“I wanted to leave Beijing for a break. I had a relative in Hong Kong and was able to get a single entrance pass from some connections I’d made in the Beijing Public Security Bureau. I left in late 1986. But not long after I crossed the border friends would call me and tell me the police were looking for me.”
Ma was denounced as a “bourgeoisie liberal” after the publication of his novella Stick out Your Tongue in early 1987.
“While in Hong Kong I heard on the news copies of People’s Literature journal with my story in it had to be destroyed.”
Unable to return to Mainland China, Ma was sustained by friends in Hong Kong, a city where he would remain for the next decade. This lesser-known chapter in his life’s journey had a galvanising effect on the author’s outlook.
“People generally view Hong Kong as a commercial place. At the time I arrived it was a British colony. But for someone like me it was a free port. After arriving I had the greatest sense of freedom. Let me tell you, freedom is more important than anything else. Within half a year I’d read every book I’d never read in China. I learned of Taiwanese magazines and Hong Kong newspapers. I began to uncover so many things I’d never known about. It was a special time.”
With the support of his literati circle, Ma eventually found humble dwellings on a small fishing island where he pinched fruit from the temple to feed himself.
“I wrote a great deal. I was very happy. I made great friends, all of them writers, artists and university teachers. We made political performance art together.”
As the spectre of the 1997 handover drew near, however, Ma grew worried, adding urgency to his activism. As he looks back on this time today he considers his worst nightmares prophetic given Hong Kong’s current state of unrest.
“How could we not see how things would develop? We used all our strength to tell Hongkongers what loomed ahead. I envisioned a child born of a British mother and bestowed to a Chinese cadre. That’s this generation. They’ve grown up between these two poles and now look at them. Do you think they’re happy? Do you think they’re fortunate? Hong Kong was long considered a politically apathetic place of business yet now it has become somewhere highly politicised. Nobody raises an old colonial flag unless they hate the alternative. This hatred is palpable, you can feel it.”
In the mid-90s Ma and friends published articles and conducted anti-China protests, even going so far as to encircle the LegCo building that has been the focal point of some of the recent protests, on the day of the handover.
Ma at a protest against the handover of Hong Kong to China. Courtesy of Ma Jian.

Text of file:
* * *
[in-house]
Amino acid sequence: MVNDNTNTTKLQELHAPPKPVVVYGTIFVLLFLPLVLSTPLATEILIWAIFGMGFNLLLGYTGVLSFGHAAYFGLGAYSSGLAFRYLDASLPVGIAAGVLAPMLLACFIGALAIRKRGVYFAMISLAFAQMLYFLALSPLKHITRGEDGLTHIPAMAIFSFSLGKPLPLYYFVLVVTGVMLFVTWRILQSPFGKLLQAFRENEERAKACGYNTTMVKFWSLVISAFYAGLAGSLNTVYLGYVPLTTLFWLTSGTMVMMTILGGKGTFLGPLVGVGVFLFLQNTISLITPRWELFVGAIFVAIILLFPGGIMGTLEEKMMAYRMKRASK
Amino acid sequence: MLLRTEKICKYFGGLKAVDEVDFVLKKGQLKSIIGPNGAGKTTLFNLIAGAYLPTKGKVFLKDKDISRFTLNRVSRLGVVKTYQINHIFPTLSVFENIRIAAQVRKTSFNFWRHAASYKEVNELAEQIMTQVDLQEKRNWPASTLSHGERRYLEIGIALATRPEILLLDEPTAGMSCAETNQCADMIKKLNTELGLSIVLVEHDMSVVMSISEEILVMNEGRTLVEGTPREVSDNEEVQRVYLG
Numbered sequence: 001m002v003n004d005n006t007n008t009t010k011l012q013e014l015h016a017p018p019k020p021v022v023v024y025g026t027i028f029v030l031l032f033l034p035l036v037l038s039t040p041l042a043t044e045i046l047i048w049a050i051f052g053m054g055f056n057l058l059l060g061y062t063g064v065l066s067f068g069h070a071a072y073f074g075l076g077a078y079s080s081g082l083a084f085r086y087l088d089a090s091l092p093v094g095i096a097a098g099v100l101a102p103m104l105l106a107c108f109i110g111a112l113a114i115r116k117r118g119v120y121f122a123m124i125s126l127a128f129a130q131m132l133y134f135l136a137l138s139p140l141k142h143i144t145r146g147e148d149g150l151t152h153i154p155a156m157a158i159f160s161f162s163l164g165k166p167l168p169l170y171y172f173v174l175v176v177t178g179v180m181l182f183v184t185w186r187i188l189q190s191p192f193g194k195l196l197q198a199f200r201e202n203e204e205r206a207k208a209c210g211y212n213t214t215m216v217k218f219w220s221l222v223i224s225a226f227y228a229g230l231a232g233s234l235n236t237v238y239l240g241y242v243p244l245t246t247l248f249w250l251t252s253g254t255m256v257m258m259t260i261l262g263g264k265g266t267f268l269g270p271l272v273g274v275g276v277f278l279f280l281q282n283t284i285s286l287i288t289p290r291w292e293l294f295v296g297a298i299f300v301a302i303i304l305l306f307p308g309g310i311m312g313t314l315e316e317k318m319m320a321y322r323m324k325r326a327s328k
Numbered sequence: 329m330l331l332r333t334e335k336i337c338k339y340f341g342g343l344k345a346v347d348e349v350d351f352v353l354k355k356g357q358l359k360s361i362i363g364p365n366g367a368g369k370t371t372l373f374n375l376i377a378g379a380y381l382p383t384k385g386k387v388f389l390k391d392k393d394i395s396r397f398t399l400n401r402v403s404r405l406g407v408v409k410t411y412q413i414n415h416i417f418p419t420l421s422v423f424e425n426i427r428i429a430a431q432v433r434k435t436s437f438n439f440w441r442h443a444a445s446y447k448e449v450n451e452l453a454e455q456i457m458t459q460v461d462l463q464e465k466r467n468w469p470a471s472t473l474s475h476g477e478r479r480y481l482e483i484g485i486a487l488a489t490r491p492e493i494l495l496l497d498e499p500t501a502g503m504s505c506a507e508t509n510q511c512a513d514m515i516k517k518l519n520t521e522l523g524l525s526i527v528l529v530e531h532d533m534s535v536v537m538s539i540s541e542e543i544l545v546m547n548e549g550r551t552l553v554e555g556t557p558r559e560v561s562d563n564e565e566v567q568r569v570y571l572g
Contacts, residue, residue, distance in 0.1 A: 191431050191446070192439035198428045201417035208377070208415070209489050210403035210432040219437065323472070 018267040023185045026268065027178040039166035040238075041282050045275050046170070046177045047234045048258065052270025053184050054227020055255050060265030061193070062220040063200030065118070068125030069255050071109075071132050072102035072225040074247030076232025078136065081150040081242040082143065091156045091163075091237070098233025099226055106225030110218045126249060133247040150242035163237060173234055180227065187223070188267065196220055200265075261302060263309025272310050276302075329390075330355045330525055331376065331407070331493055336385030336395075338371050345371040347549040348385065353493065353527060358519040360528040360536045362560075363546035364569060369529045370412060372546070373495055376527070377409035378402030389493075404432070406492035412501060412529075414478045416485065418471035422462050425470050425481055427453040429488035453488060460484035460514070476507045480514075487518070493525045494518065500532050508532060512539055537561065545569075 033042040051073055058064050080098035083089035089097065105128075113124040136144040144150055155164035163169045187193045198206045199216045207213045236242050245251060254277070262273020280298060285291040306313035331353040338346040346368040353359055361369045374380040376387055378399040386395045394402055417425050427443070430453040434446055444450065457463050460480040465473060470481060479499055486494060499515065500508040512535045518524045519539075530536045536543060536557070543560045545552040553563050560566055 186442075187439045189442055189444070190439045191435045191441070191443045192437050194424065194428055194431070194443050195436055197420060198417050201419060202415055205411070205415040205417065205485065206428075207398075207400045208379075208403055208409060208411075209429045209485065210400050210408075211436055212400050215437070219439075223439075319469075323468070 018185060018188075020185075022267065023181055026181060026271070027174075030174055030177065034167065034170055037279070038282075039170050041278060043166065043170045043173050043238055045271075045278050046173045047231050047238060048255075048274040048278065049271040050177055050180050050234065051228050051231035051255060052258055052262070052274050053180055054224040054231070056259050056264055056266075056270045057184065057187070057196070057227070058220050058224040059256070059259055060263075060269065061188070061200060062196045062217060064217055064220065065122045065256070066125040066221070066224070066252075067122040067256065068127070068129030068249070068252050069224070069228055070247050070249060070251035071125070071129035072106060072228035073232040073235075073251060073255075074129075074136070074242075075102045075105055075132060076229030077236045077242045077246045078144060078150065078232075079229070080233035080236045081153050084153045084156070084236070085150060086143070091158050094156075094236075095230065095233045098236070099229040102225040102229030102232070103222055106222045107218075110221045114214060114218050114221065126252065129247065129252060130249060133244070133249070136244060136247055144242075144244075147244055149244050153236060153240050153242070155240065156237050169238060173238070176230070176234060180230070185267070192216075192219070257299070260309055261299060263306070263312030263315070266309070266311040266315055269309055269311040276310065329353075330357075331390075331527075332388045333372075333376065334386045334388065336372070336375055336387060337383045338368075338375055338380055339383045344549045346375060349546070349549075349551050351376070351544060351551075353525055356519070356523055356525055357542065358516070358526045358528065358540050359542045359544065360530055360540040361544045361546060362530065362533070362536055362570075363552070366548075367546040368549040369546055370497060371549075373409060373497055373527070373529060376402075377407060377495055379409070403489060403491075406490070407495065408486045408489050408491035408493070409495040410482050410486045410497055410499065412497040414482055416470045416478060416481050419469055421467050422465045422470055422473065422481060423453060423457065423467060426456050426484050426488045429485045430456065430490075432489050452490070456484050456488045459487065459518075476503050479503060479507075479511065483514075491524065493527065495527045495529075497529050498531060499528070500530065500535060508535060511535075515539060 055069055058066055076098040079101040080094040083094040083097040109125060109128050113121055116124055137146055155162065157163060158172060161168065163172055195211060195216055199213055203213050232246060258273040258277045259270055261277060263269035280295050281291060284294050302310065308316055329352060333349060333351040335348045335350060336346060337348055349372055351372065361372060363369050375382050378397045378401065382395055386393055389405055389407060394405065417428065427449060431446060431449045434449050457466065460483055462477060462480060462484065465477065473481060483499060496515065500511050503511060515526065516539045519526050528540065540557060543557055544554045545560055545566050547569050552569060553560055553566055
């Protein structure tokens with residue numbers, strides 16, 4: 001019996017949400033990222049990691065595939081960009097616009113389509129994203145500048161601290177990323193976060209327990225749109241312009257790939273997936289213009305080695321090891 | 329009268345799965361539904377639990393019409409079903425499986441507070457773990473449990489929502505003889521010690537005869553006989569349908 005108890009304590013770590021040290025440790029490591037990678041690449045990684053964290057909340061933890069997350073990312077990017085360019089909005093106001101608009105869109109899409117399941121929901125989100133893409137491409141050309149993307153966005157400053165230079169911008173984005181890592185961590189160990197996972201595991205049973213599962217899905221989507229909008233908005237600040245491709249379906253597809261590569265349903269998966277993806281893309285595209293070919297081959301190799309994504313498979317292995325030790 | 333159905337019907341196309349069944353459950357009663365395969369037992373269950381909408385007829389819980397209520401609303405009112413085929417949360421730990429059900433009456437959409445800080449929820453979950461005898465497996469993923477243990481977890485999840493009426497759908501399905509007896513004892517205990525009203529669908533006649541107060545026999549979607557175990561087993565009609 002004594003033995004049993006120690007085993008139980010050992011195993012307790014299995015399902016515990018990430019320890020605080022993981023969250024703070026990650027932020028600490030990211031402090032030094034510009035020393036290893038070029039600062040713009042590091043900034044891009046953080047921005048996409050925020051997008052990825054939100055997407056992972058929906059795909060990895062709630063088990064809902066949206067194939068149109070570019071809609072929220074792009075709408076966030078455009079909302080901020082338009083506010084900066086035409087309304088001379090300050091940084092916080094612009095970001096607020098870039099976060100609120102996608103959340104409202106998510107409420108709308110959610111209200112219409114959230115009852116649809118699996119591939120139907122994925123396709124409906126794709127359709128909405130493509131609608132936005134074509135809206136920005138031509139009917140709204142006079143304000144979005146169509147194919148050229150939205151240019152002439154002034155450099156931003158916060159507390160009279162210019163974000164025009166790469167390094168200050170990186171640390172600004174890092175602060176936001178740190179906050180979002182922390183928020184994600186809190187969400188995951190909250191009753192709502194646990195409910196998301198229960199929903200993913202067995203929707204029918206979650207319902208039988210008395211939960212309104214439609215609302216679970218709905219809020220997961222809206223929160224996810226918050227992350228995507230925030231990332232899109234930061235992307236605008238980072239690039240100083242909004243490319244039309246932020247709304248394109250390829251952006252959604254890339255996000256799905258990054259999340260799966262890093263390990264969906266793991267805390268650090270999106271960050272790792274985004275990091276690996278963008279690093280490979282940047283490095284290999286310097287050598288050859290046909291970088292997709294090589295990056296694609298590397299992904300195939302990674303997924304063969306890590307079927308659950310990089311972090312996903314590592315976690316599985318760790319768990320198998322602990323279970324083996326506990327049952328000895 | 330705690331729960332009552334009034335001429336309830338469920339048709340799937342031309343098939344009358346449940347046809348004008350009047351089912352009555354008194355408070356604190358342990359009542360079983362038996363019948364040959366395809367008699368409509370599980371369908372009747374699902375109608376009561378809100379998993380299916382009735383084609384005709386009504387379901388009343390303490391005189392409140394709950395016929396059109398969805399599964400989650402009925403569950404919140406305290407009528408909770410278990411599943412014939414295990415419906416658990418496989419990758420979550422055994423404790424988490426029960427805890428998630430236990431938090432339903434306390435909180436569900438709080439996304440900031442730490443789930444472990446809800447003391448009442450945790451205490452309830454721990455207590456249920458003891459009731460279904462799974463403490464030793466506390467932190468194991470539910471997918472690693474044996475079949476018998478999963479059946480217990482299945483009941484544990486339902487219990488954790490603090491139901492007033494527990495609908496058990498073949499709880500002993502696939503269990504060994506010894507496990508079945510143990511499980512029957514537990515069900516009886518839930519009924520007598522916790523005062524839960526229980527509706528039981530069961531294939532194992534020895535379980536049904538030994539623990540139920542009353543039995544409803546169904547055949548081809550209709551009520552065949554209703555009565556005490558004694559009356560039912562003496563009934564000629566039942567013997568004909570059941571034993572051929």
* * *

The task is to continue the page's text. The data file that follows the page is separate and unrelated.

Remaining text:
In the wake of the handover Ma felt unsafe in Hong Kong and took a job as Chinese literature teacher in Germany. In 1999 he moved to the UK where he has remained since, though his novels, essays and art-activism continue to deal almost exclusively with China under Communist rule.
“Human rights, the rule of law, democracy,” he says of his short but elusive list of requirements. “That’s all we ever wanted for China and Hong Kong.”
Life began to imitate art last year when Ma was invited to speak at the Hong Kong International Literature Festival. Blogging his trip on Chinese social media garnered intense interest amongst Mainland netizens, where all his books are banned. Their comments and shares were soon censored.
“A lot of my friends had their accounts frozen, I can only apologise to them.”
Controversy hounded Ma around the Special Administrative Region. “Tai Kwun, [a cultural and heritage complex run by the Hong Kong Jockey Club] cancelled my two events. They were worried that I’d use the platform just to talk about politics. Another venue was found. Then the decision was reversed.”
If this farce wasn’t unsettling enough, Ma had to navigate a city where Mainland agents have been known to abduct their enemies, most famously the Causeway Bay bookshop workers in December 2015 as well as the billionaire Xiao Jinhua in January 2017.
“My Hong Kong friends went everywhere with me. They wouldn’t leave my side. But of course I was still worried.”
Now back in the relative safety of his book room Ma says he’s working on three stories, though the on-going protests in Hong Kong are distracting him from his work.
“This is the biggest protest in the history of humankind. One-quarter of the population of Hong Kong! That hasn’t happened anywhere else at any other time. The world must pay attention.”
And despite Boris Johnson’s sentiments that he is “very enthusiastic for the belt and road initiative”, what “President Xi is doing” and that we [the UK] are “very pro-China”, Ma still asserts that Britain must play its role.
“Britain and China have signed a treaty that specified a strong degree of autonomy would be respected and an international level of human rights maintained. But this is not the case and Hong Kong is being changed. Britain has responsibility to uphold international law and human rights, particularly in Hong Kong.”
Thomas Bird is a journalist and travel writer working in East Asia and has contributed to publications including the South China Morning Post and The LA Review of Books, as well as guidebooks such as The Rough Guide To China.